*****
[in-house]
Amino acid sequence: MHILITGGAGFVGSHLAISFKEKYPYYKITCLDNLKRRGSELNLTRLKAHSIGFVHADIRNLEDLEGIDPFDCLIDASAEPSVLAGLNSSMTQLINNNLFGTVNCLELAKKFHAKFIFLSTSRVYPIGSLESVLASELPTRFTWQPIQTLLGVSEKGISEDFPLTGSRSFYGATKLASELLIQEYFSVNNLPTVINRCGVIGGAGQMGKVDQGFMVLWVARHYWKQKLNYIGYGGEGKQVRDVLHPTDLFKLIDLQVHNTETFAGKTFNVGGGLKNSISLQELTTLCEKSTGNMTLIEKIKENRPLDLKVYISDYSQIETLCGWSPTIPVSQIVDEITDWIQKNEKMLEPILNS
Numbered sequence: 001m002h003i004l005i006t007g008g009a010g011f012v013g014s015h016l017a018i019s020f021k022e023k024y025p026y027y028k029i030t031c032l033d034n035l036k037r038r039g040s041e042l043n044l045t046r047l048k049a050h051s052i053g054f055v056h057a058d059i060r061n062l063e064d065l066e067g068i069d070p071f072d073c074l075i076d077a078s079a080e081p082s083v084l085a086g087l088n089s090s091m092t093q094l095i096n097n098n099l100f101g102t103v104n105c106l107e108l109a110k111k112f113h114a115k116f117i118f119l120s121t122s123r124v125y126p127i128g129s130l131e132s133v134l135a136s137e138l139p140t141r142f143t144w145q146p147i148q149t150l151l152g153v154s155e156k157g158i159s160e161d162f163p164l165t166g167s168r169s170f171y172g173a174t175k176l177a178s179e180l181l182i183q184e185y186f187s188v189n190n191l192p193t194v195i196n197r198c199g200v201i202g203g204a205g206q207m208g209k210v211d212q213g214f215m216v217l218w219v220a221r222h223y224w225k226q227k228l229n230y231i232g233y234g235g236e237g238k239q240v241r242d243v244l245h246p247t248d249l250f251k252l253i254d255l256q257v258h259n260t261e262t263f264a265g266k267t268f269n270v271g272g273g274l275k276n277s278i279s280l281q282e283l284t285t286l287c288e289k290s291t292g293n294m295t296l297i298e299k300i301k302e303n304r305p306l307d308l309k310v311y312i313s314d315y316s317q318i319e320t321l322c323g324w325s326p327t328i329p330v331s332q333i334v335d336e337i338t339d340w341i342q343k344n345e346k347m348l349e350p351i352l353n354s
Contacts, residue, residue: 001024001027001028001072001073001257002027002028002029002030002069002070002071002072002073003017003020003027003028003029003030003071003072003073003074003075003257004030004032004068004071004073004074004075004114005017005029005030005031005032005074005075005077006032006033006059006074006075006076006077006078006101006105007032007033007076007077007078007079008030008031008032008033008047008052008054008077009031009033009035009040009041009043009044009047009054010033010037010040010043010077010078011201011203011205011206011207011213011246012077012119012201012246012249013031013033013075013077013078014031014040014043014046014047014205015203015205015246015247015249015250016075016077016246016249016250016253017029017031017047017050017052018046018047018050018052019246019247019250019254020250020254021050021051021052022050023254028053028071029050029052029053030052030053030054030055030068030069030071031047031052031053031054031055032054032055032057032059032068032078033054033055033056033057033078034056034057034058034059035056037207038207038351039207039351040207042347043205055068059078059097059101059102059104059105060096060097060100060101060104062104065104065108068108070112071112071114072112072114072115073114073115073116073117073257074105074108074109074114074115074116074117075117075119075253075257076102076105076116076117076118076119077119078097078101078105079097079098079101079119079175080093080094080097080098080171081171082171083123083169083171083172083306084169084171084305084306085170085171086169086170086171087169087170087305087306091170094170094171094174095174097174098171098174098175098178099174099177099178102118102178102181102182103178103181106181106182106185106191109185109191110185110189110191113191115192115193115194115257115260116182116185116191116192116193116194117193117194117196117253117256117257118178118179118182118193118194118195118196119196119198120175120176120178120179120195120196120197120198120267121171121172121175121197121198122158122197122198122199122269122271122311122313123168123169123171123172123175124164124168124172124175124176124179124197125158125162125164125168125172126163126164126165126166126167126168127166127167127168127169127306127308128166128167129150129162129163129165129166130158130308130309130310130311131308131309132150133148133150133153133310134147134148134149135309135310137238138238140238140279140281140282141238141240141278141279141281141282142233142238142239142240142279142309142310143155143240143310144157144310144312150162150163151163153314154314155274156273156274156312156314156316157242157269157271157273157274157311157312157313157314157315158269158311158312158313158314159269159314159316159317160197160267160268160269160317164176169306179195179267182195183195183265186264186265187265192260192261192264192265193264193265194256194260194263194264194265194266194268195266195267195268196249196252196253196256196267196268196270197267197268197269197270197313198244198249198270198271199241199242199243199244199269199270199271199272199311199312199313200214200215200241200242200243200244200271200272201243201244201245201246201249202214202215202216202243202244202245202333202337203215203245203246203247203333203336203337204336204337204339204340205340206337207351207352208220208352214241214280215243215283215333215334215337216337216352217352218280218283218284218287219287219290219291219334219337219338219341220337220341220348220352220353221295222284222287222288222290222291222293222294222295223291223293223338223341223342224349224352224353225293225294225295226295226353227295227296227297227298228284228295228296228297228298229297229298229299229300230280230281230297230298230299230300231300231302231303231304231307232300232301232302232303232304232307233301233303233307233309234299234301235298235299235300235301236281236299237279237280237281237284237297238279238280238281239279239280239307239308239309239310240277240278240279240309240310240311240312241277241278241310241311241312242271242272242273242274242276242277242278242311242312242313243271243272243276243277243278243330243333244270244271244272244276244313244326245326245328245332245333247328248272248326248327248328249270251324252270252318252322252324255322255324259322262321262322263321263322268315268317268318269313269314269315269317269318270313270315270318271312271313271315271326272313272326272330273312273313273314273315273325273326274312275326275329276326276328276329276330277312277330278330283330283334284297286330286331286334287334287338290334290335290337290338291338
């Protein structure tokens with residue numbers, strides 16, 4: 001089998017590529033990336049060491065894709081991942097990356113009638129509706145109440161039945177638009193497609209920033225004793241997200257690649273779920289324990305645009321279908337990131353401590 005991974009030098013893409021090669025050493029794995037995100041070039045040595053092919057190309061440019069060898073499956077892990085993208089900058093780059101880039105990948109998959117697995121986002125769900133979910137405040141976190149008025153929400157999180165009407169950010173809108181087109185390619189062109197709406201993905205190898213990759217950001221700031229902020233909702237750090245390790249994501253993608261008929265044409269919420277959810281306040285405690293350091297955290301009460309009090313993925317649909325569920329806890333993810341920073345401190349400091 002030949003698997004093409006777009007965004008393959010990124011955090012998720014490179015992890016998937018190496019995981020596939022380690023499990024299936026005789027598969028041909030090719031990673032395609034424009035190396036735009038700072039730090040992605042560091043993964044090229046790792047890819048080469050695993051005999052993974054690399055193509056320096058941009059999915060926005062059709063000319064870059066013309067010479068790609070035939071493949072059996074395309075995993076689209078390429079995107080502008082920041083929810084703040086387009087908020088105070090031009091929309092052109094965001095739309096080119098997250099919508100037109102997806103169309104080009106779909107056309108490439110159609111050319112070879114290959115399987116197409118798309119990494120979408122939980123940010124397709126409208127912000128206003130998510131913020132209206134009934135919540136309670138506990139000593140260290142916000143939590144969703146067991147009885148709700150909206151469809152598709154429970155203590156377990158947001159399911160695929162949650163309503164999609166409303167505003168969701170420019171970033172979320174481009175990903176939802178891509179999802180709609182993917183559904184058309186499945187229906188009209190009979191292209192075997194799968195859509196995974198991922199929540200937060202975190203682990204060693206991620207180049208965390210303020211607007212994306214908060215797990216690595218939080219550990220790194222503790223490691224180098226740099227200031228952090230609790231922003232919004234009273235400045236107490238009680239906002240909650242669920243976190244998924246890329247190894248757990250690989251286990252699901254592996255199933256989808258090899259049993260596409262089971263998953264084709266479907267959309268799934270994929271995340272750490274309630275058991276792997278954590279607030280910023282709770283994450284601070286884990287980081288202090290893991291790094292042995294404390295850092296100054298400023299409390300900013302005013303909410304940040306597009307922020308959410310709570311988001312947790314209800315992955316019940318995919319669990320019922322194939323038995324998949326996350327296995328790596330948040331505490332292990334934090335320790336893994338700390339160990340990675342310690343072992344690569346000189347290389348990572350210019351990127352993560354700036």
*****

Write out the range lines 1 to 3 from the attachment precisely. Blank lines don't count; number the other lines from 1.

[in-house]
Amino acid sequence: MHILITGGAGFVGSHLAISFKEKYPYYKITCLDNLKRRGSELNLTRLKAHSIGFVHADIRNLEDLEGIDPFDCLIDASAEPSVLAGLNSSMTQLINNNLFGTVNCLELAKKFHAKFIFLSTSRVYPIGSLESVLASELPTRFTWQPIQTLLGVSEKGISEDFPLTGSRSFYGATKLASELLIQEYFSVNNLPTVINRCGVIGGAGQMGKVDQGFMVLWVARHYWKQKLNYIGYGGEGKQVRDVLHPTDLFKLIDLQVHNTETFAGKTFNVGGGLKNSISLQELTTLCEKSTGNMTLIEKIKENRPLDLKVYISDYSQIETLCGWSPTIPVSQIVDEITDWIQKNEKMLEPILNS
Numbered sequence: 001m002h003i004l005i006t007g008g009a010g011f012v013g014s015h016l017a018i019s020f021k022e023k024y025p026y027y028k029i030t031c032l033d034n035l036k037r038r039g040s041e042l043n044l045t046r047l048k049a050h051s052i053g054f055v056h057a058d059i060r061n062l063e064d065l066e067g068i069d070p071f072d073c074l075i076d077a078s079a080e081p082s083v084l085a086g087l088n089s090s091m092t093q094l095i096n097n098n099l100f101g102t103v104n105c106l107e108l109a110k111k112f113h114a115k116f117i118f119l120s121t122s123r124v125y126p127i128g129s130l131e132s133v134l135a136s137e138l139p140t141r142f143t144w145q146p147i148q149t150l151l152g153v154s155e156k157g158i159s160e161d162f163p164l165t166g167s168r169s170f171y172g173a174t175k176l177a178s179e180l181l182i183q184e185y186f187s188v189n190n191l192p193t194v195i196n197r198c199g200v201i202g203g204a205g206q207m208g209k210v211d212q213g214f215m216v217l218w219v220a221r222h223y224w225k226q227k228l229n230y231i232g233y234g235g236e237g238k239q240v241r242d243v244l245h246p247t248d249l250f251k252l253i254d255l256q257v258h259n260t261e262t263f264a265g266k267t268f269n270v271g272g273g274l275k276n277s278i279s280l281q282e283l284t285t286l287c288e289k290s291t292g293n294m295t296l297i298e299k300i301k302e303n304r305p306l307d308l309k310v311y312i313s314d315y316s317q318i319e320t321l322c323g324w325s326p327t328i329p330v331s332q333i334v335d336e337i338t339d340w341i342q343k344n345e346k347m348l349e350p351i352l353n354s